http://www.theguardian.com/society/video/2014/sep/12/samantha-morton-sexually-abused-child-care-homes-video-interview Following revelations of child sex abuse in Rotherham, actor and director Samantha Morton felt the need to go public about her own shocking experience growing up in care homes in Nottingham. Here she talks for the first time about being sexually abused by residential care workers, and what happened when she went to the…
I’m glad there’s a study that finally shows something I’ve suspected for awhile now: This type of self-critical thinking explains what’s called the “liking gap.” The liking gap describes how we systematically underestimate how much other people like us. In a study by Dr. Erica J. Boothby, at Cornell University, and her colleagues, the researchers…
Top 10 Psychology and Mental Health Topics of 2011 tags: CA Female sexual abuse: The untold story of society’s last taboo tags: CA Recovery from Trauma tags: CA 4 Things You Should Stop Joking About Online [Opinion] tags: CA Posted from Diigo. The rest of my favorite links are here.
I’m not a researcher but these two facts make me wonder if there’s not something we can do.
If we have a list of “nudges” that can help people feel like they belong or help educate people about things like safety plans, etc. and we don’t know who is at risk and which nudge might help them, maybe we should just continue to generally be kind to the people around us. That means trying to understand what makes them feel supported, connected, etc., and doing those things consistently. It also means noticing if a “nudge” has the opposite effect, and trying something different instead.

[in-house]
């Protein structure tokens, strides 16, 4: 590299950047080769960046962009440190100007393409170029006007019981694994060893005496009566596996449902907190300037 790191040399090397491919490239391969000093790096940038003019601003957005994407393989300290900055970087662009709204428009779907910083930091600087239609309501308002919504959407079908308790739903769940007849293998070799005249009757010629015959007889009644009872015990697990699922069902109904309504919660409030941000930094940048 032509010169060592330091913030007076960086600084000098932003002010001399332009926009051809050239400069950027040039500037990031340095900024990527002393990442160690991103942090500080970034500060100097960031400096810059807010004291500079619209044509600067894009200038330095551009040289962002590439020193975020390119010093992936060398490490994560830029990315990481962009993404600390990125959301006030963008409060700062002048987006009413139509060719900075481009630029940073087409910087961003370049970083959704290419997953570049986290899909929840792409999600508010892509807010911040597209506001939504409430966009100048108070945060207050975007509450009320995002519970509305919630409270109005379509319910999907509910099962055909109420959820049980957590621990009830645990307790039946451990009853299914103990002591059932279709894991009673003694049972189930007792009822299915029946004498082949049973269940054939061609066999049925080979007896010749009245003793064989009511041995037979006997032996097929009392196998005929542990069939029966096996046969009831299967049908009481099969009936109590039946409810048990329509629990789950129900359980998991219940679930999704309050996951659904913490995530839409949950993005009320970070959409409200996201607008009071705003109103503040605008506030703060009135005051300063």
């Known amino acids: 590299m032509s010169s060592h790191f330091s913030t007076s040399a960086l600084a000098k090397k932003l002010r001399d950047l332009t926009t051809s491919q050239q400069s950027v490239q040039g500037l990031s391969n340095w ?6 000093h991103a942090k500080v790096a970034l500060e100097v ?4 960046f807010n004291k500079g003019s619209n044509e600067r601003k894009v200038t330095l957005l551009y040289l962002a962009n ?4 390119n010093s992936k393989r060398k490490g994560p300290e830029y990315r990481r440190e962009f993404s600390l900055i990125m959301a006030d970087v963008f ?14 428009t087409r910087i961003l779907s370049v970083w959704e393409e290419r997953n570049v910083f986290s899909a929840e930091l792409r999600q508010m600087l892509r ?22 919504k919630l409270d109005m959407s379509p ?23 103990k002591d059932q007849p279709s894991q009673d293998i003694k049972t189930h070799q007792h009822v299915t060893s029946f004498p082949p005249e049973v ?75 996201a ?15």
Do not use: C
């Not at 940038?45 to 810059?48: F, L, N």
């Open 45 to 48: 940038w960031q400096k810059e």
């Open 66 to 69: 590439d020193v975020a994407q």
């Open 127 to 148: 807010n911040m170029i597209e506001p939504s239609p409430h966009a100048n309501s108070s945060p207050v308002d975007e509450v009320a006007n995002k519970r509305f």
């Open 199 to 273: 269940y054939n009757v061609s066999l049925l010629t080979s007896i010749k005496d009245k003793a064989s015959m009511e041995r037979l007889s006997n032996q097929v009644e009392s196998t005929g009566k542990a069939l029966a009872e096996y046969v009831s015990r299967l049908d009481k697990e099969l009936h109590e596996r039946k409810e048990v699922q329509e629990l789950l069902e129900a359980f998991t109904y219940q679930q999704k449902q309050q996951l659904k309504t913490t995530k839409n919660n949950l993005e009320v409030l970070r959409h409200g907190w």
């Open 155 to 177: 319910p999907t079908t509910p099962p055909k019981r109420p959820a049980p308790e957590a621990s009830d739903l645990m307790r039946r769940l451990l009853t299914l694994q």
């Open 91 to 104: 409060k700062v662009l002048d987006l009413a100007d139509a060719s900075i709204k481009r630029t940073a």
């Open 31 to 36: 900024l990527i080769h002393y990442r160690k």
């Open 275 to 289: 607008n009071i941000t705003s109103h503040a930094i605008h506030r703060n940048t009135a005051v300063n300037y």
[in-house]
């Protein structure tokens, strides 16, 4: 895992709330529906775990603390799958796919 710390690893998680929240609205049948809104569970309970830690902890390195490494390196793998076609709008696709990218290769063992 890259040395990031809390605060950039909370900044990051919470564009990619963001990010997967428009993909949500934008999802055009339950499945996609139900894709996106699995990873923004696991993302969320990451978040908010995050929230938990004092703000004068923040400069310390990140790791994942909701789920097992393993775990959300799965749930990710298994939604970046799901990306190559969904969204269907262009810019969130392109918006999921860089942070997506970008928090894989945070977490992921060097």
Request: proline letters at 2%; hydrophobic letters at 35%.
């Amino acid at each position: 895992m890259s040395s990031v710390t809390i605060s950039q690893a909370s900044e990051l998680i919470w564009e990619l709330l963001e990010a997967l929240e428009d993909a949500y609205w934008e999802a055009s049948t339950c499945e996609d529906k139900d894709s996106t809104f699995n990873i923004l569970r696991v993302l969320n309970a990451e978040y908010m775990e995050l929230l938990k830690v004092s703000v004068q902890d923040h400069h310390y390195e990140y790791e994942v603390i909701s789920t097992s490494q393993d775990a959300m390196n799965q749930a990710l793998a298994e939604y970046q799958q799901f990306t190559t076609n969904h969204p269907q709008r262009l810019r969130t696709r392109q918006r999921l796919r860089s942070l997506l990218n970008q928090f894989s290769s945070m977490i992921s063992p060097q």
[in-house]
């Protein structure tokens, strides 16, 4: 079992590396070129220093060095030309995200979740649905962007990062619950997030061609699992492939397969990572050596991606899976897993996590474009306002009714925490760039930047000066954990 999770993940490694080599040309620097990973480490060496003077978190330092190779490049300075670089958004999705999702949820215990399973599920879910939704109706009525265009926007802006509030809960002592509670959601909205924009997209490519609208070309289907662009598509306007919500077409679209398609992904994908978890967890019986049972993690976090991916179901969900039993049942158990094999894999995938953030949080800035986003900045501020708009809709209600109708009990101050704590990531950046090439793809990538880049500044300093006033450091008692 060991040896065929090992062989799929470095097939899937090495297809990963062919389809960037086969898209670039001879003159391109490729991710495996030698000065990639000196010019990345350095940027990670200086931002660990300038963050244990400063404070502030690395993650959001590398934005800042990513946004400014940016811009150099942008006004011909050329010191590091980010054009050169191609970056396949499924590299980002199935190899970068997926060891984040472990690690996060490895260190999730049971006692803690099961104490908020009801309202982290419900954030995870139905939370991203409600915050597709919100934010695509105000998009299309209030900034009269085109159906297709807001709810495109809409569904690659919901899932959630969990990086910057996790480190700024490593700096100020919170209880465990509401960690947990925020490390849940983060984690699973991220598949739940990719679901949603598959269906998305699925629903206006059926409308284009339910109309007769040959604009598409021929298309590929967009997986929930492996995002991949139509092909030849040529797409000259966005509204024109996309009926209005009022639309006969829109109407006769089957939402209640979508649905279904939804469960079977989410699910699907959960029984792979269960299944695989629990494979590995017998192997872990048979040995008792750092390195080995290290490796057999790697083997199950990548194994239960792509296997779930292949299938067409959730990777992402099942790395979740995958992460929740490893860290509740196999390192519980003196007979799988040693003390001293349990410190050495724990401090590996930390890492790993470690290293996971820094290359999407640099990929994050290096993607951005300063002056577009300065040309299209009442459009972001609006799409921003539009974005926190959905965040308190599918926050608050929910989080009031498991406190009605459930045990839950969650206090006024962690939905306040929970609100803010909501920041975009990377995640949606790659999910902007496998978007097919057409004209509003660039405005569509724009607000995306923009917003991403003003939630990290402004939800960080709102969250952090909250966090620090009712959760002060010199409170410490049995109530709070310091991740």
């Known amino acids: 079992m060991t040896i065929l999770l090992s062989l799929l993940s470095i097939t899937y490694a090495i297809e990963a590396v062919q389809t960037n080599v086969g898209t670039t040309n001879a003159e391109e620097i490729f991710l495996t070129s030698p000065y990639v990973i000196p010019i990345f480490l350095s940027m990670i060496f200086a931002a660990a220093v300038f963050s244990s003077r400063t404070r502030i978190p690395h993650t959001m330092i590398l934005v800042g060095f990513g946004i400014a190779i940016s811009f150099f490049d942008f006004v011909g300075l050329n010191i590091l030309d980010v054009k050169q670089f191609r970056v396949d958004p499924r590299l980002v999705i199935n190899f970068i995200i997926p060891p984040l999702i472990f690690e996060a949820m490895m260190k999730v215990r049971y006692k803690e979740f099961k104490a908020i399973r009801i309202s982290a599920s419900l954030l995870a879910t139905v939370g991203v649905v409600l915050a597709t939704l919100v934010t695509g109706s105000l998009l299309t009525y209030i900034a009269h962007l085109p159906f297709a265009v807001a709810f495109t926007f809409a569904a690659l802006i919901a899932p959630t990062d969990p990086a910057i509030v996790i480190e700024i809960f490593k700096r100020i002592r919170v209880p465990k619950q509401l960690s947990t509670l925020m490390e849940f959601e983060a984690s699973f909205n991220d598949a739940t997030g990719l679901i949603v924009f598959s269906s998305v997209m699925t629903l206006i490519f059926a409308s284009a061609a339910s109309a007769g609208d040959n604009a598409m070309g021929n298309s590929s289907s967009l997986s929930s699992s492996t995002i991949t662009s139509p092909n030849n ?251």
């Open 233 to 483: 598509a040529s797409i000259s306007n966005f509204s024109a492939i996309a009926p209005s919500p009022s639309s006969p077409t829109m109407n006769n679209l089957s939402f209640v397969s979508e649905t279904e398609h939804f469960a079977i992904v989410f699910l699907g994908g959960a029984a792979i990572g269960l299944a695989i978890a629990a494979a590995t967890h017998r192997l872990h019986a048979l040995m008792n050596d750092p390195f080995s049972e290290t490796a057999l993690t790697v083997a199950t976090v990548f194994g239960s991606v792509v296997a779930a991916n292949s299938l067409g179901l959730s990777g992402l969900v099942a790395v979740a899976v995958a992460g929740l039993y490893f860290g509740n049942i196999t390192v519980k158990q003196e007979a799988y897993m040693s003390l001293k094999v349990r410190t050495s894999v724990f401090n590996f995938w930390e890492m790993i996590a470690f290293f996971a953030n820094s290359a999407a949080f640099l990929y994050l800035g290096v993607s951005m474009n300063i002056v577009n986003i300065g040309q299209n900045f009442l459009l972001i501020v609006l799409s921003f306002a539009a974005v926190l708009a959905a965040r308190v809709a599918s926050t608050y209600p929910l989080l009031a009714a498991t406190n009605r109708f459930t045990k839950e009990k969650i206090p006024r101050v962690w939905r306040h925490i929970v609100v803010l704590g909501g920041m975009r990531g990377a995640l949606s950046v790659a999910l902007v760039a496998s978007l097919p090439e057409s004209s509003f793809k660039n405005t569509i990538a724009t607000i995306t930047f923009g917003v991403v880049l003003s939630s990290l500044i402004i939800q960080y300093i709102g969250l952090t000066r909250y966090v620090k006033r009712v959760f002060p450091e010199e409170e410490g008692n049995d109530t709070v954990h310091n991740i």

Help people feel like they belong, educate people about prevention resources, help them stay connected to family and friends, involve them, accept them, etc.
Help your friends and loved ones by communicating the kinds of things that help you. When you feel disconnected or like you are a burden, what can they do to keep you connected? What things do they do that make it worse?
When we don’t talk about these things we only make it worse, and we only continue to lose more people. We have to learn how to have these conversations. We have to be open to listening to the people closest to us and connecting to them without stigma and judgment. The researchers will keep working to learn more about prevention, but in the meantime simply caring about each other and being honest with each other is the best tool we have. We should use it.
What did I get when I read A Brotherâ€™s Journey by Richard Pelzer today? A shot of confidence and a flash of inspiration from a male physical abuse survivor. A wish to write my own story tempered with the need for a new day job, but renewed optimism and self-esteem in making that application and…